Grammar is the etiquette of words, and the man who does not know how to properly salute his grandmother on the street until he has consulted a book, is always so troubled about the tenses that his fancies break thru language and escape.
The grammarian is one whose whole thought is to string words according to a set formula. The substance itself that he wishes to convey is of secondary importance. Orators who keep their thoughts upon the proper way to gesticulate in curves, impress nobody.
If it were a sin against decency, or an attempt to poison the minds of the people, for a person to be ungrammatical, it might be wise enough to hire men to protect the well of English from defilement. But a stationary language is a dead one—moving water only is pure—and the well that is not fed by springs is sure to be a breeding-place for disease.
Let men express themselves in their own way, and if they express themselves poorly, look you, their punishment will be that no one will read their literary effusions. Oblivion with her smother-blanket lies in wait for the writer who has nothing to say and says it faultlessly.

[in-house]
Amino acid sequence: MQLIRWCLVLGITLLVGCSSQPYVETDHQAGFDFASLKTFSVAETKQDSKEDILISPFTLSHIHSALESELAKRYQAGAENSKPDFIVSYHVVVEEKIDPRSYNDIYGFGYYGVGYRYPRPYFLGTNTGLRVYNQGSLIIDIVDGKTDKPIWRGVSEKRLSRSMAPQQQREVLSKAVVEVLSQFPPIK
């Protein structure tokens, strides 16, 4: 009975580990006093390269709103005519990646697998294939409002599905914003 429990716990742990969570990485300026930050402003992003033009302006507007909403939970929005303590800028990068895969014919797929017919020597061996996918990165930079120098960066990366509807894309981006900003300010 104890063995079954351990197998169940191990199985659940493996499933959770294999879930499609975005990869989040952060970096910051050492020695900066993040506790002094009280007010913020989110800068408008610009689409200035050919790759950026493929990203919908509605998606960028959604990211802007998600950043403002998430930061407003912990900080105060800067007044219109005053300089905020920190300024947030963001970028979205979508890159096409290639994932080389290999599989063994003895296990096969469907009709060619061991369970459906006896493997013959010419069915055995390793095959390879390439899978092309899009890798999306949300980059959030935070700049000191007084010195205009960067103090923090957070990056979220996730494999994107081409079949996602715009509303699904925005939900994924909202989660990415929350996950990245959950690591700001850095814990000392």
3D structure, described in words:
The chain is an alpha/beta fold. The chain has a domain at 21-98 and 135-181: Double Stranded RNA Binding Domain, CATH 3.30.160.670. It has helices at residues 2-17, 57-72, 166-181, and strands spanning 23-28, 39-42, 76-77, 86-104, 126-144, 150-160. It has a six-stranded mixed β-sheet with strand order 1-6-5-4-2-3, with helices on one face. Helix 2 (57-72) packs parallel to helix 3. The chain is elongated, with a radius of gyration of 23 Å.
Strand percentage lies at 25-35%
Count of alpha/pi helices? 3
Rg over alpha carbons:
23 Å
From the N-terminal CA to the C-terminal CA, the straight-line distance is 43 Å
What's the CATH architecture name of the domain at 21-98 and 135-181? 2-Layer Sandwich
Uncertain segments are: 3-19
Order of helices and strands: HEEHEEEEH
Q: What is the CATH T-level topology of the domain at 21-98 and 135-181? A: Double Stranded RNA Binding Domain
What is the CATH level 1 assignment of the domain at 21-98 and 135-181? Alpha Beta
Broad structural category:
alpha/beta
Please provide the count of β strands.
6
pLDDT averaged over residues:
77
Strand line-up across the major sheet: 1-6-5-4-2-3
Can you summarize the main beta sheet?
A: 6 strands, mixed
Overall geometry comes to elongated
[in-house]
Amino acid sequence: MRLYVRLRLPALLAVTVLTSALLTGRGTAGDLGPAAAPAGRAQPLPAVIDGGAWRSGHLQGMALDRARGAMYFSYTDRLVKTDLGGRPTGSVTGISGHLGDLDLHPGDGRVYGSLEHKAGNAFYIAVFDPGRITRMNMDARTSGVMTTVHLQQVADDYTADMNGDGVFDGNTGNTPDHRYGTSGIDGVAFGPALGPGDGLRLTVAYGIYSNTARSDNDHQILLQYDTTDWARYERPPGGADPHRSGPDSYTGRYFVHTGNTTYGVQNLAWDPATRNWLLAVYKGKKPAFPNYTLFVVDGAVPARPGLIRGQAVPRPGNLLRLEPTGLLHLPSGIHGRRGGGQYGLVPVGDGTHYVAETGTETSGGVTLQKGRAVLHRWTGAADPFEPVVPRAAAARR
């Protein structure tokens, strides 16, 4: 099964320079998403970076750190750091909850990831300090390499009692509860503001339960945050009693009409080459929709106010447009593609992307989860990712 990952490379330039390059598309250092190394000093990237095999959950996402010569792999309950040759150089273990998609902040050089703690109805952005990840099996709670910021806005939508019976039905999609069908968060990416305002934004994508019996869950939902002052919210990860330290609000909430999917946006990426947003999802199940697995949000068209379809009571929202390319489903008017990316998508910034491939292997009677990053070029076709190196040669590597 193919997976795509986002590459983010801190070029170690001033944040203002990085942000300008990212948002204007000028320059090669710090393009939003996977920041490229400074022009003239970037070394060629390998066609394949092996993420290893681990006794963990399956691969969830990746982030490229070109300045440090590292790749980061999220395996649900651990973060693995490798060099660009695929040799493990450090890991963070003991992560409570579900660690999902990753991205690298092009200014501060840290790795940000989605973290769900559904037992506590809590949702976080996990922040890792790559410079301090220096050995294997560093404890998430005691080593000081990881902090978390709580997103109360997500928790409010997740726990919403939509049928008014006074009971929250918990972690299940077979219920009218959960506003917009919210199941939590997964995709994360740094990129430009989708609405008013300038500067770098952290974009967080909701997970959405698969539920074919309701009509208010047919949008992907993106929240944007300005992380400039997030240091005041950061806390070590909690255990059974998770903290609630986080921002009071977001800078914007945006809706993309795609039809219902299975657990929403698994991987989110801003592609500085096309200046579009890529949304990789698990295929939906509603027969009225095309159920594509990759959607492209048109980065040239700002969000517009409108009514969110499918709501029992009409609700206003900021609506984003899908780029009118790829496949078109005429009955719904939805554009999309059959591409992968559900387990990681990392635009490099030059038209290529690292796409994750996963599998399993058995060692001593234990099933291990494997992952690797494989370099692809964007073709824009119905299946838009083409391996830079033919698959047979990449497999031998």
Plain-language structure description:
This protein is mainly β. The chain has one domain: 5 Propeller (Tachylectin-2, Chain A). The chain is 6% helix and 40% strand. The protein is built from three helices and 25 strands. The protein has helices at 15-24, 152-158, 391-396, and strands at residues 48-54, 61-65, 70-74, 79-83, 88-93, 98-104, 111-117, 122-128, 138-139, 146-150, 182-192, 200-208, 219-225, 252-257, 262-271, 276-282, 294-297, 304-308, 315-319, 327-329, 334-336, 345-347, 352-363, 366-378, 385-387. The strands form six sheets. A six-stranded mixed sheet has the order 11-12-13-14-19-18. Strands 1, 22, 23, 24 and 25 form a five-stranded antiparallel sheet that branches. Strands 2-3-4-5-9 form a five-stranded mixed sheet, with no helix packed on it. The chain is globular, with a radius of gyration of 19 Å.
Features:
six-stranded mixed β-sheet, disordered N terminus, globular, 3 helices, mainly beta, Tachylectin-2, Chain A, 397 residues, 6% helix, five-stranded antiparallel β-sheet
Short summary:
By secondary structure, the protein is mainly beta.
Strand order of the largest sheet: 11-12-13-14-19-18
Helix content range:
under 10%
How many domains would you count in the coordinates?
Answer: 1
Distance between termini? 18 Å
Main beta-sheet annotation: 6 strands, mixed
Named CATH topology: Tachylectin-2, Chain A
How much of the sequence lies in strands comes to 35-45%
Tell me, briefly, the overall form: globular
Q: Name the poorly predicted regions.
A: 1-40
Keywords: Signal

In the making of hare soup, I am informed by most excellent culinary authority, the first requisite is to catch your hare. The literary scullion who has anything to offer a hungry world, will doubtless find a way to fricassee it.
The Best Religion
A religion of just being kind would be a pretty good religion, don’t you think so?
But a religion of kindness and useful effort is nearly a perfect religion.
We used to think it was a man’s belief concerning a dogma that would fix his place in eternity. This was because we believed that God was a grumpy, grouchy old gentleman, stupid, touchy and dictatorial. A really good man would not damn you even if you didn’t like him, but a bad man would.
As our ideas of God changed, we ourselves changed for the better. Or, as we thought better of ourselves we thought better of God. It will be character that locates our place in another world, if there is one, just as it is our character that fixes our place here.
We are weaving character every day, and the way to weave the best character is to be kind and to be useful.
Think right, act right; it is what we think and do that make us what we are.
So here ends love, life and work, being a book of Essays selected from the writings of Elbert Hubbard, and done into print by The Roycrofters at their Shop at East Aurora, which is in Erie County, New York, U.S.A. Completed in the month of July, MCMVI
[Illustration: The Roycroft Shop]